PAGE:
How much should I be saving for college? This is one of the first questions I hear from almost every client and friend. No matter if they are super wealthy or up to their eyeballs in debt, college savings is one of the first topics of conversation and biggest financial stresses for parents.
I get it…as parents we want to provide for our children. We know how important education is. We also know how insanely expensive college can be (and how much MORE insanely expensive it will be in 5-10-15 years). And we are bombarded by the media, advertisements, friends, grandparents, etc. about starting early. You feel like if you didn’t start at the first sonogram saving to pay for Harvard by the time your little one is 18 that you are somehow a bad parent. It is a lot of pressure.
But in the big picture of your financial life, there are three things more important that you MUST do before you start saving for college.
1. Eliminate debt, and then live within your means
It makes no sense to put cash into a college savings plan instead of paying off credit card debt that is charging high interest rates. The college savings will not earn 15%+, which is how much the debt probably costs. Save for, pay for, or borrow for college later (hint: college loans are cheaper than credit card loans). Get you own financial house in order first.
2. Have a rainy day fund
If something unexpected happened, car breaks down, air conditioner goes out, loss of job, etc., do you have money saved that you can access quickly and without penalty when you need it? When things like this happen in life, you need money NOW for your family. Transportation, air conditioner, groceries, taking care of your family today will be a priority over college savings. Make sure you have savings for the unexpected. If you are fortunate to never need to dip into this fund, you can use this money for college!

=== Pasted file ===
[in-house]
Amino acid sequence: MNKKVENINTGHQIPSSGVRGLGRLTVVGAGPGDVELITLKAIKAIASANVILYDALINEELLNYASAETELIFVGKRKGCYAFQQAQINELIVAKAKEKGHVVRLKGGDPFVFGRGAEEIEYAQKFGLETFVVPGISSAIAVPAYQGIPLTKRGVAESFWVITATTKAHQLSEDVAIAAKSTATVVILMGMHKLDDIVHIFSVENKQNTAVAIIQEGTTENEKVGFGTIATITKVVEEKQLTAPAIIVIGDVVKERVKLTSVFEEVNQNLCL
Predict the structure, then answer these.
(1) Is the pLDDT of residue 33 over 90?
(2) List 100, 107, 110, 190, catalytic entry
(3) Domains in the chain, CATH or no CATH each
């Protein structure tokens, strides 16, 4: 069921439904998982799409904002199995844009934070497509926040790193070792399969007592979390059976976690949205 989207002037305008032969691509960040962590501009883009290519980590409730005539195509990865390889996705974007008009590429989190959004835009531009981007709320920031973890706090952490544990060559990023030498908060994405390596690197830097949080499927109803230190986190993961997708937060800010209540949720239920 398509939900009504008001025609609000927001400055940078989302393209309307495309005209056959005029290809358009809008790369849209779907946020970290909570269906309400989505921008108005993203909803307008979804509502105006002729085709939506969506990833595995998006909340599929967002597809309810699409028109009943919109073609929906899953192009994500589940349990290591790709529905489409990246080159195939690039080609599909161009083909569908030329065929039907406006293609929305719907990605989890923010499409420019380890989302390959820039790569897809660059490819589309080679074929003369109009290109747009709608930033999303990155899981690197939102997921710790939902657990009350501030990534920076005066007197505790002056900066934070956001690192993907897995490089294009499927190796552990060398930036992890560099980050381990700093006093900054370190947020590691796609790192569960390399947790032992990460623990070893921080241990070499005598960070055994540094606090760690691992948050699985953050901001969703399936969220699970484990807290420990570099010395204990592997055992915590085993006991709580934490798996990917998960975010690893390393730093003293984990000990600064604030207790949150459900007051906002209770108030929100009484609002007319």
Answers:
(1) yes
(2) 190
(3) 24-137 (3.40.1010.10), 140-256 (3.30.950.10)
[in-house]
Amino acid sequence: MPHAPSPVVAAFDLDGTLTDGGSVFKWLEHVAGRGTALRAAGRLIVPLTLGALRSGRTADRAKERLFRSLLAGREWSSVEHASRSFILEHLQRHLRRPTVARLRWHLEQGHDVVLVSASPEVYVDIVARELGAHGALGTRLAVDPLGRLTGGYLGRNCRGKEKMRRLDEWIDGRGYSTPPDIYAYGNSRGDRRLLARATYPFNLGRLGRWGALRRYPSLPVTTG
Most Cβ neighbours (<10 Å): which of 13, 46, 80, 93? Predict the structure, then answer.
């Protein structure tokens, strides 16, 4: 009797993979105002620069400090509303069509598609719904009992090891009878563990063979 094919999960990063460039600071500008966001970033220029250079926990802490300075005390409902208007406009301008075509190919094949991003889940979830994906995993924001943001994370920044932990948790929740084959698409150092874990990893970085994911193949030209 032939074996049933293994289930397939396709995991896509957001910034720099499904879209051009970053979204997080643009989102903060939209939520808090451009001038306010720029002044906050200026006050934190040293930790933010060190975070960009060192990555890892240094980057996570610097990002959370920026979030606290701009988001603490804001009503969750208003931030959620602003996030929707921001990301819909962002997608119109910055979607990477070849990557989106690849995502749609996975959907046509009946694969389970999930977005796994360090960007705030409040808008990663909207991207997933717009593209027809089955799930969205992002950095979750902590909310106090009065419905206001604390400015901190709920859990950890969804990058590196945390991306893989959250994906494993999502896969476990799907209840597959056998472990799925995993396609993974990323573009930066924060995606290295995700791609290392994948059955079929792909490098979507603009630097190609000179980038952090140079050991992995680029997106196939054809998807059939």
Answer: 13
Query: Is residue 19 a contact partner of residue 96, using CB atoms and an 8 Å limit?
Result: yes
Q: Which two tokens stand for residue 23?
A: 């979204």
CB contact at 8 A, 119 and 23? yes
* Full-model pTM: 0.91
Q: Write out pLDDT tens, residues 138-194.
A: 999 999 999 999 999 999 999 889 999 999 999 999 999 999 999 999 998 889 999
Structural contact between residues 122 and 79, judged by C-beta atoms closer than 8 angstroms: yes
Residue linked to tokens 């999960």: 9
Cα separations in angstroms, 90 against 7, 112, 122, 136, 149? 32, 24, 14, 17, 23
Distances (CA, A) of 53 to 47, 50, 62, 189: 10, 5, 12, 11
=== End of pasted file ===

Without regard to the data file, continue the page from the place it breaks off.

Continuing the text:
3. Save for retirement
College loans are available, but there is no retirement loan. I hope you love what you do for a living, and I hope you want to do it forever. But chances are you will want to or be forced to stop working at some point in your life. Get on a savings path today to pay for your own retirement. Don’t rely on your kids to support you in your later years. Unfortunately, I see it more often the other way around with parents continuing to support children into their 30s and 40s, even when their own savings don’t support it (but that is for another day’s post).
College will accept your money wherever you pull it from. It doesn’t have to come from a 529 or other officially designated education account. When time to pay tuition, if you have only saved $10,000 for college but have excess savings elsewhere, then use those funds (as long as doing so does not compromise your own goals and retirement). You can even withdraw from your IRA without penalty (it is still taxed) to pay for college.
Your kids will be OK. Talk to them about your situation and the cost of college when it comes time to choose a school. Maybe they or you have to take a loan, maybe they make smart decisions about cost/reward of where they go to college, maybe those decisions make them appreciate their education more than if it was handed to them on a silver platter. Work to help pay for tuition, go to community college for a year or two, apply for scholarships, etc. Resist the pressure to put a college savings plan ahead of your own financial future and empower your children to be financially responsible humans.